FIRST AMENDMENT FOR ME, NOT FOR THEE…. The New York Times has an item today on a First Amendment case at the Supreme Court that I’ve been following for a few years now, and which I find endlessly entertaining.
Across the street from City Hall [in Pleasant Grove City, Utah] sits a small park with about a dozen donated buildings and objects — a wishing well, a millstone from the city’s first flour mill and an imposing red granite monument inscribed with the Ten Commandments.
Thirty miles to the north, in Salt Lake City, adherents of a religion called Summum gather in a wood and metal pyramid hard by Interstate 15 to meditate on their Seven Aphorisms, fortified by an alcoholic sacramental nectar they produce and surrounded by mummified animals.
In 2003, the president of the Summum church wrote to the mayor here with a proposal: the church wanted to erect a monument inscribed with the Seven Aphorisms in the city park, “similar in size and nature” to the one devoted to the Ten Commandments.
The city declined, a lawsuit followed and a federal appeals court ruled that the First Amendment required the city to display the Summum monument. The Supreme Court on Wednesday will hear arguments in the case, which could produce the most important free speech decision of the term.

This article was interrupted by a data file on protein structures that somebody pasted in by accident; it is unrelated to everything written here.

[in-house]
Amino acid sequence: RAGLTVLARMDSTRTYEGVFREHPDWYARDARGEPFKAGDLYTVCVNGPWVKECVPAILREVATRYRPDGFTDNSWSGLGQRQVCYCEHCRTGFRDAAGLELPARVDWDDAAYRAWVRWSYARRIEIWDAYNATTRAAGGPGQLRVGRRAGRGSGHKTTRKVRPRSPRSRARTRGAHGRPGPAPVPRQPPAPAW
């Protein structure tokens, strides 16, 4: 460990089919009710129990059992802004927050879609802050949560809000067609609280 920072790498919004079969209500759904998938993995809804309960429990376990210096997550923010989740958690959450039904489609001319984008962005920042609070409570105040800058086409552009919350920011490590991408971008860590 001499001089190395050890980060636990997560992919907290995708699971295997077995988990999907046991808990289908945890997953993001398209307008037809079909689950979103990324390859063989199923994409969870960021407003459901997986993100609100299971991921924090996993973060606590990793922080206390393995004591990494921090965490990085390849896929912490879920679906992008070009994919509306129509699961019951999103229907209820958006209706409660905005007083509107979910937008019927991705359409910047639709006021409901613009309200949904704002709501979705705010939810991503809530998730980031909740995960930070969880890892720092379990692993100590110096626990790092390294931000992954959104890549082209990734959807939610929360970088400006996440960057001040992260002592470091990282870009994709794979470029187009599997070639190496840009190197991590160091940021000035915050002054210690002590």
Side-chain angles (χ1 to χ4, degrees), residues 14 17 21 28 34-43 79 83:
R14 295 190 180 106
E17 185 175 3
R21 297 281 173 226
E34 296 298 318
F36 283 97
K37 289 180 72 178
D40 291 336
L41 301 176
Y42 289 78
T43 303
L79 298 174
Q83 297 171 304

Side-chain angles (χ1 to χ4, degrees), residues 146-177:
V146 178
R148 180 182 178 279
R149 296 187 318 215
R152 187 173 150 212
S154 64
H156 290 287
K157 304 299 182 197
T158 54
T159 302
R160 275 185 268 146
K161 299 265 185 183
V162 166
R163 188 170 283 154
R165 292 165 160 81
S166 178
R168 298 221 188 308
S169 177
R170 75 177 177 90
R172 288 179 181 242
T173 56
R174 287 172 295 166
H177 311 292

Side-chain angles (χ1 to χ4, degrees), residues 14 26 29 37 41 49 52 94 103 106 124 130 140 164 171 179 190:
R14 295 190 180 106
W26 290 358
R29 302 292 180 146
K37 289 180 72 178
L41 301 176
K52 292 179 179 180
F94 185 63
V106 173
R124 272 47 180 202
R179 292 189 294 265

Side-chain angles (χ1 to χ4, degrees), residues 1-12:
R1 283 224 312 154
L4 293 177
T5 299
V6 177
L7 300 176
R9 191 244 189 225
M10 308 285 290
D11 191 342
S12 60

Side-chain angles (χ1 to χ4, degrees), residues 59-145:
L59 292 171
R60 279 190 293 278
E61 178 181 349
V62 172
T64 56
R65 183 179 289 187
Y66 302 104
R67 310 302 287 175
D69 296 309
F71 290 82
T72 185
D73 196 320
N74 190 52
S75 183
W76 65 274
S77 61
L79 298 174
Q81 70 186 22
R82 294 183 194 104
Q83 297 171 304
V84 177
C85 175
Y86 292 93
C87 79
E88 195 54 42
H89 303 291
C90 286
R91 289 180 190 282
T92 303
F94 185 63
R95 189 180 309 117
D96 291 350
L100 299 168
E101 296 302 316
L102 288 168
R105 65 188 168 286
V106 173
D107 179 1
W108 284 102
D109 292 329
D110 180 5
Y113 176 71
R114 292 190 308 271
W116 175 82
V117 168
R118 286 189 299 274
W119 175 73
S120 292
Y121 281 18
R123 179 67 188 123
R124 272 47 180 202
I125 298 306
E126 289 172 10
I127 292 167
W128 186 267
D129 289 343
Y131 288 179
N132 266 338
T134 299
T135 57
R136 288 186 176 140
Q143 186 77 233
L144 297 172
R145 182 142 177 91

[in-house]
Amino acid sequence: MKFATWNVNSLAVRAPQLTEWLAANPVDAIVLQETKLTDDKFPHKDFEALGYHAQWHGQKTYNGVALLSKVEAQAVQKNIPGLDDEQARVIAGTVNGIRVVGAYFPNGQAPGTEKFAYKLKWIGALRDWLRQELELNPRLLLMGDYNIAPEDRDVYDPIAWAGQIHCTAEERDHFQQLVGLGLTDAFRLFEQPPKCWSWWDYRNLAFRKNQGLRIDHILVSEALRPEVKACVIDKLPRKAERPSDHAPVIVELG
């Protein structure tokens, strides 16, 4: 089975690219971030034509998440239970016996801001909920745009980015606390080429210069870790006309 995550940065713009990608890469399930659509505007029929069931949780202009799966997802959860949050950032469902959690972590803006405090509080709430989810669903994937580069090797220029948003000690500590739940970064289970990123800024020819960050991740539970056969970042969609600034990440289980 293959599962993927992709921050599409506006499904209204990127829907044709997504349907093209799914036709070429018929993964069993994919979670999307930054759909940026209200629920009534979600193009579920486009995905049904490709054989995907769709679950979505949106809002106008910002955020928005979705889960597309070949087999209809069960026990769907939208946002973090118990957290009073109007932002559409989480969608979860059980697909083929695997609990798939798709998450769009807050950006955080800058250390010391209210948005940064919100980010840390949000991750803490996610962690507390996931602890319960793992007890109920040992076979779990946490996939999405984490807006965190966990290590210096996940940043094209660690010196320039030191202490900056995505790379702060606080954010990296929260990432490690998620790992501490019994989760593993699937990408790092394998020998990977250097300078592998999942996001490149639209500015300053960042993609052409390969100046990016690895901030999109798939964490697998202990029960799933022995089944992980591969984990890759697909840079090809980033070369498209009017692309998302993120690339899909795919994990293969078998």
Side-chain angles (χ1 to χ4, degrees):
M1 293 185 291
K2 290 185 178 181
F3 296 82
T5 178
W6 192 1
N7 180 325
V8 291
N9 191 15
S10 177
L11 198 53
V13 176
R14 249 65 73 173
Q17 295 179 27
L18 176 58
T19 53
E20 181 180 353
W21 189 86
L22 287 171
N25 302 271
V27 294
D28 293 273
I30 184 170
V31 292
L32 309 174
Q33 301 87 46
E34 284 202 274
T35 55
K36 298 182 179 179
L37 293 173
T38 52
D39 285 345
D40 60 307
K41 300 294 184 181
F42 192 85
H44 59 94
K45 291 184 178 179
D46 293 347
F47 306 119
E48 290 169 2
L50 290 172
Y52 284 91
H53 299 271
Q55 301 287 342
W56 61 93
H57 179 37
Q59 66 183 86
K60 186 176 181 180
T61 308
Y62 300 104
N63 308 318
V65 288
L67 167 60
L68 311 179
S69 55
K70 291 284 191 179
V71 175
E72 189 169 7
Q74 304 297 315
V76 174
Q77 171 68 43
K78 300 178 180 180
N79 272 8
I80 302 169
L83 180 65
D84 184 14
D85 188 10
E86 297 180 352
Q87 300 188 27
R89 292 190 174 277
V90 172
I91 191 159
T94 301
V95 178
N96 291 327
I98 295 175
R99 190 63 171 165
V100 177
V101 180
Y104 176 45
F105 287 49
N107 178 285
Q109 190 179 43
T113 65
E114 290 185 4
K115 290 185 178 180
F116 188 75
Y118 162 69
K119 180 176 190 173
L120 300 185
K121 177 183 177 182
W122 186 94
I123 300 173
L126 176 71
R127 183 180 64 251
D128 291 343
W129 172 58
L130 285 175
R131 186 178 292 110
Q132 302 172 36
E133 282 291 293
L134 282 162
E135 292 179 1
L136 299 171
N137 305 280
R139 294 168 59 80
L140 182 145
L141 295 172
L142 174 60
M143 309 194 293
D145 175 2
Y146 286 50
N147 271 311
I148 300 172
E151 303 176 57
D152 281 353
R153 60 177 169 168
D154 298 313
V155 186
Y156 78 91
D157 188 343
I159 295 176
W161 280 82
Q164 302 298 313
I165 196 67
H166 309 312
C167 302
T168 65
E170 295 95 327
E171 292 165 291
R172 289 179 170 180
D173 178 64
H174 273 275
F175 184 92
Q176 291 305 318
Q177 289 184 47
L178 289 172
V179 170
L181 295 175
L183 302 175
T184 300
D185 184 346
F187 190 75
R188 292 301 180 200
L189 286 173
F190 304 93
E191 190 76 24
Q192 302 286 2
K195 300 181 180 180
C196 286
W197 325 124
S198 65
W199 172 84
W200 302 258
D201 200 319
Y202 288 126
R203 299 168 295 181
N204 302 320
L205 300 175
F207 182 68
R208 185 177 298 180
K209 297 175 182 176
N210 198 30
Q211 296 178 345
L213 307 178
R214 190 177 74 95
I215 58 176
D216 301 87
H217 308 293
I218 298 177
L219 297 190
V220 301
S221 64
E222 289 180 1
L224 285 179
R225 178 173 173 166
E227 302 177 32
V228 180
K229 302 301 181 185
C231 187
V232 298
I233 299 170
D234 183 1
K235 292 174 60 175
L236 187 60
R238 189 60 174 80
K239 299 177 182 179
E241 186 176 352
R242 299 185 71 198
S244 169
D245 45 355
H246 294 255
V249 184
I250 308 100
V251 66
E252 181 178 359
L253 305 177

Keep in mind, the Summum isn’t trying to remove the Ten Commandments from the public park; adherents simply want equal space for their religious tenets. If one faith tradition gets to have a monument, others faiths should receive equal treatment. The government shouldn’t play favorites among faiths.
So, what is the Summum church? I don’t know much about the faith, but as I understand it, the group’s Aphorisms include statements such as “Summum is Mind, Thought; the Universe is a Mental Creation,” and “Nothing rests; everything moves; everything vibrates,” and “As above, so below; as below, so above.” What does this mean? I haven’t a clue, but that’s not really the point.
There are two pertinent angles to this. First is the legal issue. The federal courts, including the not-especially-liberal 10th Circuit, have ruled with the Summum, and given local officials a choice: allow all faith to erect their own displays in the park, or remove the other monuments.
Second is the more political issue. This controversy is a classic case for conservatives who say we need more religion in the public square — and then balk if they don’t like the religions asking for equal treatment. Indeed, religious right groups have rallied in support of the local officials’ position, insisting that promoting one faith while excluding others is the right way to go.
When conservatives say they support more public endorsement of religion, they mean their religion.
Justices hear arguments
today tomorrow. I’ll keep you posted.